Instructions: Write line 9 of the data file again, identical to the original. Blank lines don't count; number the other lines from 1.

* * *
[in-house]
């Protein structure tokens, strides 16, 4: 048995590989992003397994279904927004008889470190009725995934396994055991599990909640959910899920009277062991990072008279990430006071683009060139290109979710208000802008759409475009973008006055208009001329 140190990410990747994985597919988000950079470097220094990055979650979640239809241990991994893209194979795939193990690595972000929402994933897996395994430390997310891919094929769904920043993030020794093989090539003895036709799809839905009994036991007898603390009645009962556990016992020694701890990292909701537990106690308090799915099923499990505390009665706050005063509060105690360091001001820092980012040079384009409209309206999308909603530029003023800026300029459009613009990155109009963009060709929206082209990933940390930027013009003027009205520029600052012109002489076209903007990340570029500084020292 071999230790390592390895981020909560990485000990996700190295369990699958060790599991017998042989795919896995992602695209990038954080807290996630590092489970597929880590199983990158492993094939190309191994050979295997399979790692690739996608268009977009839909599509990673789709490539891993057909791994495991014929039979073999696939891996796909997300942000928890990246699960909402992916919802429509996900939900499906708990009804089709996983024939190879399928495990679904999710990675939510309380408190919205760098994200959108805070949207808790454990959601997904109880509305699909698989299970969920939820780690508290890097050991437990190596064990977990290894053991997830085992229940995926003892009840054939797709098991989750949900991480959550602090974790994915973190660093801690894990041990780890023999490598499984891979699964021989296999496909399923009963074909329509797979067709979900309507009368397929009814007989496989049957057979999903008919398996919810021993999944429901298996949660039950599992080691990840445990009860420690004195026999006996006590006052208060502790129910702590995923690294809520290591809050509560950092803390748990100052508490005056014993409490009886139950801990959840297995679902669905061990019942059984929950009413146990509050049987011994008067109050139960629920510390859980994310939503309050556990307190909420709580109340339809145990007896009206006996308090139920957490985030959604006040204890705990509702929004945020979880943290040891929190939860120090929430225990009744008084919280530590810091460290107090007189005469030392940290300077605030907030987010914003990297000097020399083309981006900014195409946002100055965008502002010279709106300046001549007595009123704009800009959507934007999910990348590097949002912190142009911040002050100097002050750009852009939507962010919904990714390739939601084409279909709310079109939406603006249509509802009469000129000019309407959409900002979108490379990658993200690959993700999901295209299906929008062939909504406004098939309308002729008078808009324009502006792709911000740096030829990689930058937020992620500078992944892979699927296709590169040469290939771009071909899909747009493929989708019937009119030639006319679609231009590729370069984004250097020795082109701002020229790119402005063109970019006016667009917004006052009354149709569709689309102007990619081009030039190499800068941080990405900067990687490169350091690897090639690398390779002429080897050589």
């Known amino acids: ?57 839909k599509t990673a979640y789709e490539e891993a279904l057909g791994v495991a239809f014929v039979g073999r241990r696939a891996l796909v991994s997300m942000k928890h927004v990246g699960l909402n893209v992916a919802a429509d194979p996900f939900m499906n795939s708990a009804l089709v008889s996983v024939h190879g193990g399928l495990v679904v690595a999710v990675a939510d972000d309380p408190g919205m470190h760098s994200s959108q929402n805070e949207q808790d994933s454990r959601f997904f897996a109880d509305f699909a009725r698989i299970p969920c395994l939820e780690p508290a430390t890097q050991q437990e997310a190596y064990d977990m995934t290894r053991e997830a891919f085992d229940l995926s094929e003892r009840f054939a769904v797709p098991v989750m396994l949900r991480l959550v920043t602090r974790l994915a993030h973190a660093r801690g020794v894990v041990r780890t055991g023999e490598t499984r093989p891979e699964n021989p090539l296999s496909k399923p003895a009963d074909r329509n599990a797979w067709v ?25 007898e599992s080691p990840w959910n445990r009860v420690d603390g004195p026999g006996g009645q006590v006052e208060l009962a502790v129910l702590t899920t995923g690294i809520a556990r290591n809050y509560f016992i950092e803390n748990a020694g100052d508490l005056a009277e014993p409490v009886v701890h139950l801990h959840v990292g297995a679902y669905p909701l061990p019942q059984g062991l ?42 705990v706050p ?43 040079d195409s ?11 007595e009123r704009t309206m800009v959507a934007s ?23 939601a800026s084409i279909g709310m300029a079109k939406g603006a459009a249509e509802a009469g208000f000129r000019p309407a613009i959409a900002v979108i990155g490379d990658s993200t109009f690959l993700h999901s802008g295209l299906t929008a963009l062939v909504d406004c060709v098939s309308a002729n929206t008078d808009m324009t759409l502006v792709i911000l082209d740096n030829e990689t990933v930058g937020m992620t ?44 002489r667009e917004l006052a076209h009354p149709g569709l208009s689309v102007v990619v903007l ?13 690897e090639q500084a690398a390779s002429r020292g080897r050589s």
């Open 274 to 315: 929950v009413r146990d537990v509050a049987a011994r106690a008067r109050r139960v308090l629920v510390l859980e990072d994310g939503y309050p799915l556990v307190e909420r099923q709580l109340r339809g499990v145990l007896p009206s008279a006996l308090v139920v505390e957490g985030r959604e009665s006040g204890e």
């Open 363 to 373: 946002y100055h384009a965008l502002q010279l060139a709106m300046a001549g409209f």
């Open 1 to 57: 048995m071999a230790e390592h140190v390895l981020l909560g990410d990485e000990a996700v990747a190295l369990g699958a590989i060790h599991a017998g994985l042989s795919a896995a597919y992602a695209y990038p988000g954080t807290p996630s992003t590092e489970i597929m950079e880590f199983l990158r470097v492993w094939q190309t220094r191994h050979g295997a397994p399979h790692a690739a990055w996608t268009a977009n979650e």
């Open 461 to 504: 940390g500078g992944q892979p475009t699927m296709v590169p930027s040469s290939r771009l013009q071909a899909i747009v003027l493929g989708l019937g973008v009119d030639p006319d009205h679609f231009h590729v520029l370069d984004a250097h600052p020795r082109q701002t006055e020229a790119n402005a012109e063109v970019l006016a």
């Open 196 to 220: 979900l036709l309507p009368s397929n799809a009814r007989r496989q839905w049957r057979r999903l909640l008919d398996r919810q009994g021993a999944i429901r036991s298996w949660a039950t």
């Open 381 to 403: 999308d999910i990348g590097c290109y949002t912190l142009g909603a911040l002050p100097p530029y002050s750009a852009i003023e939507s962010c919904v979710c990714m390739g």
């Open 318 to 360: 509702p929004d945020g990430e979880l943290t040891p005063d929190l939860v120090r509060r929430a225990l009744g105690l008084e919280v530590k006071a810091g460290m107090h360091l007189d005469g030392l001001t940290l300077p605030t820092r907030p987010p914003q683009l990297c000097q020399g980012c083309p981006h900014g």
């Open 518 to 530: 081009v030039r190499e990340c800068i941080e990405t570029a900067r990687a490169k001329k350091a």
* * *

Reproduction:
């Open 381 to 403: 999308d999910i990348g590097c290109y949002t912190l142009g909603a911040l002050p100097p530029y002050s750009a852009i003023e939507s962010c919904v979710c990714m390739g």